History and fiction bound together in a tight plot of love, loss, family, royalty, war, and grief that I could not put it down. Every turn of the page was an experience to behold and I never wanted it to end.
The book follows two intersecting story lines. That of Maria, a young orphaned girl who becomes a seamstress at the British royal palace just before WWI, and present day Caroline, a recently dumped and fired woman who is trying to figure out what to do next when she comes across the most beautiful quilt at her mother’s house.
I randomly found this at the library and picked it up. Like all of the books I select this way, I begin reading the first couple of papers to see if it will intrigue and suck me in; and this one did! It’s always exciting when that happens because it’s usually the discovery of a new author or diving in a genre I don’t normally read. This book is filled with such drama and exciting story-telling that it was hard to let go of at night.
The plight of Maria, as told through a series of tape recordings when she is in her later years, are colorful and witty, and then heart-breaking and slowly spiraling into misery only to again turn uplifting and triumphant. Caroline’s issues begin from the first pages and continue on through the story, she hits so many roadblocks that you begin to cringe and hurt at every unanticipated one.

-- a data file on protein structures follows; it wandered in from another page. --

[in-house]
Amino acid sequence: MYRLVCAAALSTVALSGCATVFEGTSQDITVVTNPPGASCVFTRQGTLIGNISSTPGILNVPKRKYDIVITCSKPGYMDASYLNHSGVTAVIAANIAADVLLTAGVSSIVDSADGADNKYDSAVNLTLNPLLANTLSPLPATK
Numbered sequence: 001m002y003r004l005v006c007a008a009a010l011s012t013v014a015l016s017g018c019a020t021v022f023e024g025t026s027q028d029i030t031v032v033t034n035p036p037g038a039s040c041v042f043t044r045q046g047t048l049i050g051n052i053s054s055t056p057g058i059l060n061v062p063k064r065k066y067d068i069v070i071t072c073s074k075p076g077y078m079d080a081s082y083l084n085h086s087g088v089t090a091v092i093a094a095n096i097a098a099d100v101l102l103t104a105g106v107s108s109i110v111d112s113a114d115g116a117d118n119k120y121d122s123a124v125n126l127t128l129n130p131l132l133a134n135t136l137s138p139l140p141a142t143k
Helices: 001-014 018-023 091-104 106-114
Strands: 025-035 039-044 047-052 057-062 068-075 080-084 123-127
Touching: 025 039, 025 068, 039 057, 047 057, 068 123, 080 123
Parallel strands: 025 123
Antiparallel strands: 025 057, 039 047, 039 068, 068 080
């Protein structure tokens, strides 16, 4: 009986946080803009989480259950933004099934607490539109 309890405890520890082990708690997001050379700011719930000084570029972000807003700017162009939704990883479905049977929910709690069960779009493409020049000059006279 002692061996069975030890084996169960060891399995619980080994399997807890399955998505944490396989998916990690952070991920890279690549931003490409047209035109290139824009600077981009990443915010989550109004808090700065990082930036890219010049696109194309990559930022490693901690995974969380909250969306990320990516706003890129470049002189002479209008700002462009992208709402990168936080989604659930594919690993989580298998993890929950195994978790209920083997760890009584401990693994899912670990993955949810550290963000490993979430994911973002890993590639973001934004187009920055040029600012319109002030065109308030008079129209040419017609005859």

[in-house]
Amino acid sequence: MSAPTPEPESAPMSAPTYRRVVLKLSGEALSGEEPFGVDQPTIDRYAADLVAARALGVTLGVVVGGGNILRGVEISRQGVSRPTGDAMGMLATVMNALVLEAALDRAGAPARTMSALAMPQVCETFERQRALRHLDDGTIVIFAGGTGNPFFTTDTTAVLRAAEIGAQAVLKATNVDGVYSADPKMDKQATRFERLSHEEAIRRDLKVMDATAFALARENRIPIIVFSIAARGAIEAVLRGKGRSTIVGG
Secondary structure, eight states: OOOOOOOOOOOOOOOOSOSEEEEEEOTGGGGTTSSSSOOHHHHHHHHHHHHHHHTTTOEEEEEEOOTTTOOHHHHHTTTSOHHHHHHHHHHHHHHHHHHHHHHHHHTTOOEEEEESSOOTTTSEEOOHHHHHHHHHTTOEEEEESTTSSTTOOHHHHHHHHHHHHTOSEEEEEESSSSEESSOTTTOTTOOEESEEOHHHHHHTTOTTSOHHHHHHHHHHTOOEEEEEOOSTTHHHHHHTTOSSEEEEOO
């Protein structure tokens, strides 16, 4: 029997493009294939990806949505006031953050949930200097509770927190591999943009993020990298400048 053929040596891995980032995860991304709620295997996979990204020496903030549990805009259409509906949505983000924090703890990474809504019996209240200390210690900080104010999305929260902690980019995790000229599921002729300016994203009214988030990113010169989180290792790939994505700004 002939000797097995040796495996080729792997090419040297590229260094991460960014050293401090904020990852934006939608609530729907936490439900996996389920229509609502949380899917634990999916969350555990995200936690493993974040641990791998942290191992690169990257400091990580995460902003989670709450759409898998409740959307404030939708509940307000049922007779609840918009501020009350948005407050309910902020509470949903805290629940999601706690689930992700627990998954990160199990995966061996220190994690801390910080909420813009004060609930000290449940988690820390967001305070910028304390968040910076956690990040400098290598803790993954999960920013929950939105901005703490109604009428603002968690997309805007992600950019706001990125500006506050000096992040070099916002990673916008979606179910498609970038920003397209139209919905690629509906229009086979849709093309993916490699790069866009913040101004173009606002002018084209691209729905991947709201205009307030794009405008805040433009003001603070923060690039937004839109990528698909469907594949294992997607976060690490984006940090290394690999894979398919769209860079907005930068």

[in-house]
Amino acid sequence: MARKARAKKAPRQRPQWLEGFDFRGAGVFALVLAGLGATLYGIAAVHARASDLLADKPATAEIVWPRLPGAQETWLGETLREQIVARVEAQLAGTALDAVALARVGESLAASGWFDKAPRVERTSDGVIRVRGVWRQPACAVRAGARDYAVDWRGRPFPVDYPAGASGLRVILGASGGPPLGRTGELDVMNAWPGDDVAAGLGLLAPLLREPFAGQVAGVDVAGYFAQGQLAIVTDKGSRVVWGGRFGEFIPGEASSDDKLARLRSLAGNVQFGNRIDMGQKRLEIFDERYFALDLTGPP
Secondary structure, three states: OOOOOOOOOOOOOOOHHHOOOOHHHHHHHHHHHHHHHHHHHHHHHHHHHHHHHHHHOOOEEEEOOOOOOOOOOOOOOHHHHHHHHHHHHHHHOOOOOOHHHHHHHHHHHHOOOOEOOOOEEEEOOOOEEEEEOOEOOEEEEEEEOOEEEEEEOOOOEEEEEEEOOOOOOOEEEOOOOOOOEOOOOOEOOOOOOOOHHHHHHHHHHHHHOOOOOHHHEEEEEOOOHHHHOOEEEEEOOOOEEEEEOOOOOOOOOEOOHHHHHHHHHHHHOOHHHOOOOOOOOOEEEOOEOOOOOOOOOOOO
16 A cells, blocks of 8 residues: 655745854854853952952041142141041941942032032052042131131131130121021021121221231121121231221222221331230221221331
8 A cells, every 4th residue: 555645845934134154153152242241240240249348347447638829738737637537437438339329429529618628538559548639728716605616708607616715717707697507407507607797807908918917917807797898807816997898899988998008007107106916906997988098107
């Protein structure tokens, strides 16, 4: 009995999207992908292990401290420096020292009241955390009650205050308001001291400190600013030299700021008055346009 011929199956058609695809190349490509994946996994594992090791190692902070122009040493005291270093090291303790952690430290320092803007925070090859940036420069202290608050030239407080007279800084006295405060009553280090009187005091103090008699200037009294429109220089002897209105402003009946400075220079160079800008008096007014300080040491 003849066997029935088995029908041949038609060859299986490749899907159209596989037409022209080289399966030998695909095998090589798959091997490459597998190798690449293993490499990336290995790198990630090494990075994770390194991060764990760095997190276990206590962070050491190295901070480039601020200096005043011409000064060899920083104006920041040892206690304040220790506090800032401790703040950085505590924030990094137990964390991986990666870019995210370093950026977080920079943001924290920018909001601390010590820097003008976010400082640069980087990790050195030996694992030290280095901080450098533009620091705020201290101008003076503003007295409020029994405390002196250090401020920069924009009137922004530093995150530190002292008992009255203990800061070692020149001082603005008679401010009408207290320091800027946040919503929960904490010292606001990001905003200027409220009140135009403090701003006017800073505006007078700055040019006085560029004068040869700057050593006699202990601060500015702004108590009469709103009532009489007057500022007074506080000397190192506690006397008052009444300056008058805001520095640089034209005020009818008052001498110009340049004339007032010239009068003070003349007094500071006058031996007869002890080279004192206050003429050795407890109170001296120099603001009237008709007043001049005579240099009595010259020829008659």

And then the stories begin to intersect, I’m sure the words “quilt” and “seamstress” can give you a hint as to how, but it slowly becomes more and more the plight of the female (and human) condition. Not in some sort of feminist way, but just unique problems that used to and/or continue to plague women. There is stress and triumph, difficult decisions, lasting friendships, and new adventures.
Both leading ladies are stronger than they realize and though it takes them time to recognize and adapt to their circumstances, they are resilient and hardy, adjusting when they need to and becoming more solid over time, rather than weaker and falling to whims. There are men and love and even the mention of children, but I wouldn’t say it’s a romance. It’s more of a fictional look at things that likely could have happened. There are some twists that you can sort of peek at around the bend, but all the threads don’t really fall into place until last couple of chapters, making it worth the wait.
I enjoy historical fiction now and then, especially if I can keep all the names straight, and this one was an easy, although not necessarily light, read. I would definitely recommend picking it up if you see it, and even seeking it out.
Goodreads rating: 5 stars
My personal rating: 95
- Writing style – 10
- Plot – 10
- Dialogue – 10
- Personality of Main Character(s) – 9
- Love story – 9
- Invokes emotion – 9
- Synopsis accuracy – 10
- Consistent level of interest – 9
- Stays on topic – 9
- Accuracy of genre/genre blending – 10